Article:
Origins of the Standardbred Horse

Trotting races become popular as a casual sport in the USA’s very early days, and it wasn’t long before breeding was taking place to improve speed and endurance. The Standardbred as a breed traces back to the English Thoroughbred Messenger, foaled in 1780 and imported to the USA in 1788. Messenger won ten galloping races in England and had trotting in his pedigree through Mambrino, his multi-talented sire. Messenger’s great-grandson Hambletonian 10 is considered the breed’s foundation sire from which all Standardbreds descend. Hambletonian 10’s damsire was an imported Norfolk Trotter, a breed used for travel under saddle since the time of Henry VIII. Hambletonian 10 had an unusual build, being low at the withers but high at the croup, the hind leg of a length that provided a great deal of thrust with each stride. He went on to sire over 1,300 offspring and passed those characteristics on.

In 1879 the USA’s National Association of Trotting Horse Breeders issued the first Standardbred registry. The breed’s name was derived from the ‘standard’ required of breeding stock, that they were able to pace or trot a mile in under 2 minutes 30 seconds.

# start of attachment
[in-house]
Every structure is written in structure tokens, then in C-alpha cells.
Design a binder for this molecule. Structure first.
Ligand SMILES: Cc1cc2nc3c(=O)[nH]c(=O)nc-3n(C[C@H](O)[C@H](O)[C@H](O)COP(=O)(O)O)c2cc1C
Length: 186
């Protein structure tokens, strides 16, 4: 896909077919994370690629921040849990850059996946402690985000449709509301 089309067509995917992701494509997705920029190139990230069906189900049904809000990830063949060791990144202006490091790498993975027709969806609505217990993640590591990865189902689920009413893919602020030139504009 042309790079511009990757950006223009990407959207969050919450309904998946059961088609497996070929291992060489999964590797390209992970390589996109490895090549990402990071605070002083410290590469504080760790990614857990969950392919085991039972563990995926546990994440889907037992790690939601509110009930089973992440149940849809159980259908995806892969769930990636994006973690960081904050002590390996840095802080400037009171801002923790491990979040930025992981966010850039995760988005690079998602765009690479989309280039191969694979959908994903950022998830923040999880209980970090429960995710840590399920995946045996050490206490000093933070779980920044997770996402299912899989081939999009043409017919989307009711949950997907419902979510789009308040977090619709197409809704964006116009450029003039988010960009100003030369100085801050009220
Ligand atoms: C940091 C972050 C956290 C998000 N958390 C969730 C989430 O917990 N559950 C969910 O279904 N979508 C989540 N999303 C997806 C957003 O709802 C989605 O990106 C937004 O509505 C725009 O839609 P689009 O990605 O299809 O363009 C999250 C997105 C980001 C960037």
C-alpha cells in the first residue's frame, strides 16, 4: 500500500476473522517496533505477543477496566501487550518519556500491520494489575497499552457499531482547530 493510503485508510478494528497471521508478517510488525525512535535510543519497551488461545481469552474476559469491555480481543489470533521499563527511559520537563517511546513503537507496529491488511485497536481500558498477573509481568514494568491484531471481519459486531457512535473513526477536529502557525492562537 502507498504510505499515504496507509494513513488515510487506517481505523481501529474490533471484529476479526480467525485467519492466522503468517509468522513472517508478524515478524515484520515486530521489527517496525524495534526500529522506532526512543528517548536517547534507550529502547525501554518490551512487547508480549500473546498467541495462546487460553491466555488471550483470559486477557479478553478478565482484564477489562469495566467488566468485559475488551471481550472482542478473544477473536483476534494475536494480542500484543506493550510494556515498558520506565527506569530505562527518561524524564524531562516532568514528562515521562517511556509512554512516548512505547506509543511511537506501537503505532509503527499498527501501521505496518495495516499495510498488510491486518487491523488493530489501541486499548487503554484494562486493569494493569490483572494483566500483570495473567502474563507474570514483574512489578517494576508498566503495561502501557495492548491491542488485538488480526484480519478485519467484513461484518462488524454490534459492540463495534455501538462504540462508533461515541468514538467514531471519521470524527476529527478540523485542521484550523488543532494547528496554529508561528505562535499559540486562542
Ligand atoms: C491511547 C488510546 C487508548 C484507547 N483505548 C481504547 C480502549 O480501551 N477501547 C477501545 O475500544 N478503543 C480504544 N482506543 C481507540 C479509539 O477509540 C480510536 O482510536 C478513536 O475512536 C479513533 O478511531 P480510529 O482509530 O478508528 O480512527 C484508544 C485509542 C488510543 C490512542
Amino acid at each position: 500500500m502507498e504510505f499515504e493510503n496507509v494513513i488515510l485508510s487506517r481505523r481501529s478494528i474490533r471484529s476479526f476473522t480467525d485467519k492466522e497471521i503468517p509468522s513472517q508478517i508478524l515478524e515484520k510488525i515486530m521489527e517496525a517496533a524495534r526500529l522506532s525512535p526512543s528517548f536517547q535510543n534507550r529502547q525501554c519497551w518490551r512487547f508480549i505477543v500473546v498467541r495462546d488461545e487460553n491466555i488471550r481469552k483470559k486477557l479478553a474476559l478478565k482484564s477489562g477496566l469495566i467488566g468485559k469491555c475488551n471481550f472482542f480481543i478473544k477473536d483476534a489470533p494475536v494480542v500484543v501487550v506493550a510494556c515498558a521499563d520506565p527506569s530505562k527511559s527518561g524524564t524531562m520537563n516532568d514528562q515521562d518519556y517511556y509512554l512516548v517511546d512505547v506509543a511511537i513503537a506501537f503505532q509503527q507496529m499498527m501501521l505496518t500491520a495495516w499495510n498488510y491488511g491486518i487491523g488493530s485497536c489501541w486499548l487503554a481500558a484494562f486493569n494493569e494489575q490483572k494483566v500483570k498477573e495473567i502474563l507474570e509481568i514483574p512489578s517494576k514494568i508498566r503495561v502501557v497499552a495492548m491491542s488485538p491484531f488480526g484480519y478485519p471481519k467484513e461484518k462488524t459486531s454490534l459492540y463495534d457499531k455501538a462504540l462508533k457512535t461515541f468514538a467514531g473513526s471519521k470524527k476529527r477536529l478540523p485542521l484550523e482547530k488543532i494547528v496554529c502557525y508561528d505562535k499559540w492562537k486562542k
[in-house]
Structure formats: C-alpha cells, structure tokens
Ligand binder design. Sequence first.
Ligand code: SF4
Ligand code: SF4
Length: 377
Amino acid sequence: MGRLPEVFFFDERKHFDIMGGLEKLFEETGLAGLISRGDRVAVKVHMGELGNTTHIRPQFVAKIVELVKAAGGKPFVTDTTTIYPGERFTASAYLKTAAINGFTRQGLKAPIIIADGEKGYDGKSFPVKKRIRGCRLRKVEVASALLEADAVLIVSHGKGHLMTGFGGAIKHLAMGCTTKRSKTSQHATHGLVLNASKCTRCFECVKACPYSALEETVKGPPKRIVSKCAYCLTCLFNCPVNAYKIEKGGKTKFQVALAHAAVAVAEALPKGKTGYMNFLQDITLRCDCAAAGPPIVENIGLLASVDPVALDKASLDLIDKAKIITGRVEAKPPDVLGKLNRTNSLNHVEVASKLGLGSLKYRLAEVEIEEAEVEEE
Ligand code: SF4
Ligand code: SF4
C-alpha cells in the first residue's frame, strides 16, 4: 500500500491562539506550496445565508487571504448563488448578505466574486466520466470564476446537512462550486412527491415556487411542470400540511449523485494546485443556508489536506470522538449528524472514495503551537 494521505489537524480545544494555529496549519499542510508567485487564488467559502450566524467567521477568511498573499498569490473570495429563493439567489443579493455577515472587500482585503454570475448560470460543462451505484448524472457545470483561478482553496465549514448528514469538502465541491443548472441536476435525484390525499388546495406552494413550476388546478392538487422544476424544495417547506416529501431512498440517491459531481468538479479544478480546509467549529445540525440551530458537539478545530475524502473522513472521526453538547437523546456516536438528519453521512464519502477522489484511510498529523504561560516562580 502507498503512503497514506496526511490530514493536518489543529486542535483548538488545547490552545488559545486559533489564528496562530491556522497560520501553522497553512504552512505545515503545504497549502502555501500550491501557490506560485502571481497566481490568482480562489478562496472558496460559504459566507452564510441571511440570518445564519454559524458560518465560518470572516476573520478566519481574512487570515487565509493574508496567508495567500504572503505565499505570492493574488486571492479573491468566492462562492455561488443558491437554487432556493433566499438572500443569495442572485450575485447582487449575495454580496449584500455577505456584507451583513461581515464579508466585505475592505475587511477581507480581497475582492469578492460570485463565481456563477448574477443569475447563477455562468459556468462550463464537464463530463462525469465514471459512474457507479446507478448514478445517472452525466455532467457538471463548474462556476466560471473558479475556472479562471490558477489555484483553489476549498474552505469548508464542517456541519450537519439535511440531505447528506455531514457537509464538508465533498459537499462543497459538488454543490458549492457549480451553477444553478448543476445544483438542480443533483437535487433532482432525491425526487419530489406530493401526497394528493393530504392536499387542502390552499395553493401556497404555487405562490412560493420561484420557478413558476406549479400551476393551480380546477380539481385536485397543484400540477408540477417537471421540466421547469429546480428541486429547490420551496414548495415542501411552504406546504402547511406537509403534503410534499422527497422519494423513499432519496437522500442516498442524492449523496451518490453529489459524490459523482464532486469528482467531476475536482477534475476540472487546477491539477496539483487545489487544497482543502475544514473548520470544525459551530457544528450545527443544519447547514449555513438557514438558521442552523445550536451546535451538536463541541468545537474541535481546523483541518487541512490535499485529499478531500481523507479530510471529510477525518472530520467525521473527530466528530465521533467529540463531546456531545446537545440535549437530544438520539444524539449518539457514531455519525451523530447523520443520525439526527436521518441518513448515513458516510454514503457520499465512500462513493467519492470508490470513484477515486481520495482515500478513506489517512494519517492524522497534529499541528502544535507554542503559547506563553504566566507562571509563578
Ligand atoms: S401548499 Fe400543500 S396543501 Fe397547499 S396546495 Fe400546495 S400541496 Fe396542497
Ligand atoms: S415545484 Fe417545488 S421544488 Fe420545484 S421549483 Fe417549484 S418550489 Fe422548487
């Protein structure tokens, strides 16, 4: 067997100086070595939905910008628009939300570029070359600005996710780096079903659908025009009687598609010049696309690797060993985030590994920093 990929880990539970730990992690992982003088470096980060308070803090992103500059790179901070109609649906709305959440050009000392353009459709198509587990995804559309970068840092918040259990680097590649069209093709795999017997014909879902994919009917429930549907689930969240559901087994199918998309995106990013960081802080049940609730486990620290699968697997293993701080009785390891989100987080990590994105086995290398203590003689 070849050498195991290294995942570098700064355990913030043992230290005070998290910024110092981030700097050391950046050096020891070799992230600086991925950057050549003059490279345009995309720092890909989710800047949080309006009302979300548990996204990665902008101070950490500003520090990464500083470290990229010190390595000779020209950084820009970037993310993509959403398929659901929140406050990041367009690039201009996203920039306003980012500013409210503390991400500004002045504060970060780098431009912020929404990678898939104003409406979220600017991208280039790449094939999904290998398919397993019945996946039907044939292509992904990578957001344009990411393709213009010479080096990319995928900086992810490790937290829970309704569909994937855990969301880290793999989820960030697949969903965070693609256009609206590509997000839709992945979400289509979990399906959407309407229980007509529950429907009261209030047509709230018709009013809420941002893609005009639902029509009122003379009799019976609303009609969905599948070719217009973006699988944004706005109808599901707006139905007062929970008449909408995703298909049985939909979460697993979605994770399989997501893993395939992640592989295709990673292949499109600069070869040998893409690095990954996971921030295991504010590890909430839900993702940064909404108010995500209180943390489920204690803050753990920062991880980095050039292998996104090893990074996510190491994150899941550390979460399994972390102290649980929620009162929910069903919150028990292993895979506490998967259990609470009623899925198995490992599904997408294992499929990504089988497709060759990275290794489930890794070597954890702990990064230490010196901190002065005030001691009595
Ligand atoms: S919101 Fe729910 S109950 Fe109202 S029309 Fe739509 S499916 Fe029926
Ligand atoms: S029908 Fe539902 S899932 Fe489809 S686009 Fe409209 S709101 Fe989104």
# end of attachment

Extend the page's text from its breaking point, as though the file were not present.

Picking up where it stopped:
Conformation of the Standardbred

The Standardbred is widely known as a placid and willing horse as well as being very athletic. Compared with the Thoroughbred, the Standardbred has generally stronger but shorter legs, a longer body and more sloping shoulder.

There is little variation between those bred as trotters and pacers. All have durable hooves, a slightly arched, muscular neck and medium-long barrel. While not permitted in racing, the Standardbred will canter and gallop as any other breed, and some will pace free-legged (lateral gait, without hopples) in addition to the usual four gaits.

The New Zealand Standardbred Stud Book

To be recognised as a Standardbred, a horse must be recorded in the Stud Book. The Book is maintained to include all sires, mares and foalings and a horse is not eligible for registration unless it is the progeny of a sire and dam also registered in the Stud Book, has been freeze branded, and has had a DNA sample recorded.

For practical purposes New Zealand Stud Book records are available through Harness Racing New Zealand’s Infohorse service.

All New Zealand-bred Standardbreds are currently freeze branded for identification. The brand is placed in an upper near-side neck position on two lines. The top line represents the season of birth followed by a ‘Z’ (for New Zealand), and the bottom line a six-digit number. All numbers are represented by symbols as follows:

Standardbred branding

Australian, European and North American stock carry different brands.